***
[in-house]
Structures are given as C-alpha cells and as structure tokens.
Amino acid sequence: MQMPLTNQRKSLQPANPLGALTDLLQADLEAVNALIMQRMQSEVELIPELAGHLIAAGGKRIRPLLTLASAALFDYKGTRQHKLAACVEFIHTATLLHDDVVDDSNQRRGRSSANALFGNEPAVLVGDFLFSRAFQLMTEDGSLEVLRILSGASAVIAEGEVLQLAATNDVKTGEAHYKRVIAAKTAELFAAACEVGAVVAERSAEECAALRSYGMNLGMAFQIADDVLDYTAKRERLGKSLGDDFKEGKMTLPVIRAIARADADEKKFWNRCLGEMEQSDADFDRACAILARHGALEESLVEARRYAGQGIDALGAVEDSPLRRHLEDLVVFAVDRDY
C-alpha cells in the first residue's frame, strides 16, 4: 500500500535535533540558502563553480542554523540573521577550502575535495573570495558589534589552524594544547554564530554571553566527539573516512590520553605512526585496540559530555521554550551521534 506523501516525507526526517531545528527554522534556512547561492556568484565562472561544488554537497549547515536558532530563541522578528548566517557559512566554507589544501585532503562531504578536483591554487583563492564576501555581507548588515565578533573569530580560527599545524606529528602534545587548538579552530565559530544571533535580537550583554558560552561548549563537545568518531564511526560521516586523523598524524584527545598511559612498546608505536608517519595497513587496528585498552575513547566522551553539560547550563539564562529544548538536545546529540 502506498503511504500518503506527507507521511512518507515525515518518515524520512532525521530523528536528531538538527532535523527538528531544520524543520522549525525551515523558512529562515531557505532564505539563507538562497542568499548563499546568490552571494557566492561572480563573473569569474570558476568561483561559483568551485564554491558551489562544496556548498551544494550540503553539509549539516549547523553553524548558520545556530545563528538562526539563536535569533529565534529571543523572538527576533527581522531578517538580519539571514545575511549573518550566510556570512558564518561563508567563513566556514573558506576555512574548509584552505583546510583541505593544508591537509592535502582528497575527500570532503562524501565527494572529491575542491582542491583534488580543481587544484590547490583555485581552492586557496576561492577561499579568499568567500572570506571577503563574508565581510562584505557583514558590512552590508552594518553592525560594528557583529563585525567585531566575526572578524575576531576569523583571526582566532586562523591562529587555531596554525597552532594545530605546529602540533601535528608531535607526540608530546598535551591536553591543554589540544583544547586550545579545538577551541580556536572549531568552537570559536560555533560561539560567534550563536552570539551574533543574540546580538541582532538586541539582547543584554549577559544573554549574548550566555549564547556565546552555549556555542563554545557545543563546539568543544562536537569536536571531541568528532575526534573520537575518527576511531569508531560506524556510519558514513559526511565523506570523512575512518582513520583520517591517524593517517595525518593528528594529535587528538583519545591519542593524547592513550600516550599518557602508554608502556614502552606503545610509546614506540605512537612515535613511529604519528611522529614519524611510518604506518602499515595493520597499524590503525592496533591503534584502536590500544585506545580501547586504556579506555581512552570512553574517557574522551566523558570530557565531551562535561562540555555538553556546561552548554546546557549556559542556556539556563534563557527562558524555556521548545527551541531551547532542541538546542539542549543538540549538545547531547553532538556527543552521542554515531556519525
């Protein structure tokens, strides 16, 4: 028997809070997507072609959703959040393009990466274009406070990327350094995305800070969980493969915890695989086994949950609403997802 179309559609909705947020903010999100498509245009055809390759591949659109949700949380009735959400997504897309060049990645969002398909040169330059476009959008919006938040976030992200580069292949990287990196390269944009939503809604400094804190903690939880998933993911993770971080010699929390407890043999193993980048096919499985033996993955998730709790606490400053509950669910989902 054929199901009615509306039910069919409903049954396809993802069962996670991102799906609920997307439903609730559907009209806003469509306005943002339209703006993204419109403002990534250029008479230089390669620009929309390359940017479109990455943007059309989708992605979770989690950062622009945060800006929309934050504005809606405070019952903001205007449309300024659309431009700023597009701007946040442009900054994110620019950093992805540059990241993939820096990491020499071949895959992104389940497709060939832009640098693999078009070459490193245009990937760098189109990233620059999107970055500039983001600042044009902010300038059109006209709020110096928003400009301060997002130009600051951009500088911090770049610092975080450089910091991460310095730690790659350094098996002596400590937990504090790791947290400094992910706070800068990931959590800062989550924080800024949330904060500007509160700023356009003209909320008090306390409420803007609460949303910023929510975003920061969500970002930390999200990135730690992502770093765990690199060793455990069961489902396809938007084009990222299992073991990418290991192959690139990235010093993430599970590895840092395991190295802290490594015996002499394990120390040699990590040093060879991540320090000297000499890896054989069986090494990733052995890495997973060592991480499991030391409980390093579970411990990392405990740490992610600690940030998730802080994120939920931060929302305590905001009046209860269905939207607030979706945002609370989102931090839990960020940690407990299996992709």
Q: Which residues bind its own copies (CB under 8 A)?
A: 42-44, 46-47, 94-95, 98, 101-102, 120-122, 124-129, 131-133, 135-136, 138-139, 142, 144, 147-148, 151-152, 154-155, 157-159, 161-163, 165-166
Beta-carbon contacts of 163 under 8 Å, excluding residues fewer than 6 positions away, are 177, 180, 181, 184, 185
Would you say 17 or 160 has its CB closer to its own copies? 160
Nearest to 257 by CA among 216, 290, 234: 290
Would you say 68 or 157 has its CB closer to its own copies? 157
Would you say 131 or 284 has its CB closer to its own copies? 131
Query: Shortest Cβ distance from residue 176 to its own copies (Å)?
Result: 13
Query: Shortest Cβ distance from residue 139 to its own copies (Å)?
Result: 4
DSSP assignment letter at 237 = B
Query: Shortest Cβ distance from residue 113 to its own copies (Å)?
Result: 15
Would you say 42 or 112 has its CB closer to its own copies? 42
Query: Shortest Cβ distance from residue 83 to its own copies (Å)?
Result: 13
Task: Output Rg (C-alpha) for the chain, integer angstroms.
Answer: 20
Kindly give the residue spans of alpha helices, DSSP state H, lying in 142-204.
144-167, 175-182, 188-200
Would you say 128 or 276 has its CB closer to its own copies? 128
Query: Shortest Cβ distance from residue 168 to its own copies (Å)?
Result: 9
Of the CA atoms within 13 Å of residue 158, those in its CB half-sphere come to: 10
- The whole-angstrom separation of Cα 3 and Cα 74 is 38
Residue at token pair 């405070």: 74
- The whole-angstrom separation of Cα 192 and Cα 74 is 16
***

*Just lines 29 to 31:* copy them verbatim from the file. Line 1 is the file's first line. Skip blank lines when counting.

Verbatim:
Result: 9
Of the CA atoms within 13 Å of residue 158, those in its CB half-sphere come to: 10
- The whole-angstrom separation of Cα 3 and Cα 74 is 38